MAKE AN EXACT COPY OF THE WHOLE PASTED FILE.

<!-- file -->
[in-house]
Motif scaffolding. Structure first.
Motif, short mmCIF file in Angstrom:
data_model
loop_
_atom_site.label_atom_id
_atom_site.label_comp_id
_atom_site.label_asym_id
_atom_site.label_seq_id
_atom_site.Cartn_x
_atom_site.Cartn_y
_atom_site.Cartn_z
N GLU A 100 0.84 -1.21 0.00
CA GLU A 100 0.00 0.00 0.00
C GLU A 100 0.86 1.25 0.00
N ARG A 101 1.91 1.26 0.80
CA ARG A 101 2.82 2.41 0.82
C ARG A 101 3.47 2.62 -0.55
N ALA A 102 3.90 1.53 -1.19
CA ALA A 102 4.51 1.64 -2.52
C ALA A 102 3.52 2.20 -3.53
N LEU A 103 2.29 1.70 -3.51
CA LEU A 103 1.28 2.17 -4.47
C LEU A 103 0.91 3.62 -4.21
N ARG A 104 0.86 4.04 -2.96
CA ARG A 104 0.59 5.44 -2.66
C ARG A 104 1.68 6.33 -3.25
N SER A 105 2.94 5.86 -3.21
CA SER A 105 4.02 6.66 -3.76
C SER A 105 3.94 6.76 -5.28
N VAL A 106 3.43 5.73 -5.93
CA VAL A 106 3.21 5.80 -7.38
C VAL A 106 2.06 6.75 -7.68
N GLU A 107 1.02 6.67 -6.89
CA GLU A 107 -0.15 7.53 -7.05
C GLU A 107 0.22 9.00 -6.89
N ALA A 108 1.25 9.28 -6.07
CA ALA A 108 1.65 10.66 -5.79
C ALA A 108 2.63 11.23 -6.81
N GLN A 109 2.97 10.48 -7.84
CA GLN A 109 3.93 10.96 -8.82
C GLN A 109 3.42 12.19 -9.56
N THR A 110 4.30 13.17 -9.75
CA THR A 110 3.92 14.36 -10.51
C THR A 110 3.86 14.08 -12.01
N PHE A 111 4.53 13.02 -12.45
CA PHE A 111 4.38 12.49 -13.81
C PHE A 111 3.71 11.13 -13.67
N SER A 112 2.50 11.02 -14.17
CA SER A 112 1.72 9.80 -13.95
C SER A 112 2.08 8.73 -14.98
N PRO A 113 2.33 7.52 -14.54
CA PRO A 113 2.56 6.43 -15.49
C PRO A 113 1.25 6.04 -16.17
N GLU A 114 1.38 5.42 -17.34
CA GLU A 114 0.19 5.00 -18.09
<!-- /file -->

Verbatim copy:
[in-house]
Motif scaffolding. Structure first.
Motif, short mmCIF file in Angstrom:
data_model
loop_
_atom_site.label_atom_id
_atom_site.label_comp_id
_atom_site.label_asym_id
_atom_site.label_seq_id
_atom_site.Cartn_x
_atom_site.Cartn_y
_atom_site.Cartn_z
N GLU A 100 0.84 -1.21 0.00
CA GLU A 100 0.00 0.00 0.00
C GLU A 100 0.86 1.25 0.00
N ARG A 101 1.91 1.26 0.80
CA ARG A 101 2.82 2.41 0.82
C ARG A 101 3.47 2.62 -0.55
N ALA A 102 3.90 1.53 -1.19
CA ALA A 102 4.51 1.64 -2.52
C ALA A 102 3.52 2.20 -3.53
N LEU A 103 2.29 1.70 -3.51
CA LEU A 103 1.28 2.17 -4.47
C LEU A 103 0.91 3.62 -4.21
N ARG A 104 0.86 4.04 -2.96
CA ARG A 104 0.59 5.44 -2.66
C ARG A 104 1.68 6.33 -3.25
N SER A 105 2.94 5.86 -3.21
CA SER A 105 4.02 6.66 -3.76
C SER A 105 3.94 6.76 -5.28
N VAL A 106 3.43 5.73 -5.93
CA VAL A 106 3.21 5.80 -7.38
C VAL A 106 2.06 6.75 -7.68
N GLU A 107 1.02 6.67 -6.89
CA GLU A 107 -0.15 7.53 -7.05
C GLU A 107 0.22 9.00 -6.89
N ALA A 108 1.25 9.28 -6.07
CA ALA A 108 1.65 10.66 -5.79
C ALA A 108 2.63 11.23 -6.81
N GLN A 109 2.97 10.48 -7.84
CA GLN A 109 3.93 10.96 -8.82
C GLN A 109 3.42 12.19 -9.56
N THR A 110 4.30 13.17 -9.75
CA THR A 110 3.92 14.36 -10.51
C THR A 110 3.86 14.08 -12.01
N PHE A 111 4.53 13.02 -12.45
CA PHE A 111 4.38 12.49 -13.81
C PHE A 111 3.71 11.13 -13.67
N SER A 112 2.50 11.02 -14.17
CA SER A 112 1.72 9.80 -13.95
C SER A 112 2.08 8.73 -14.98
N PRO A 113 2.33 7.52 -14.54
CA PRO A 113 2.56 6.43 -15.49
C PRO A 113 1.25 6.04 -16.17
N GLU A 114 1.38 5.42 -17.34
CA GLU A 114 0.19 5.00 -18.09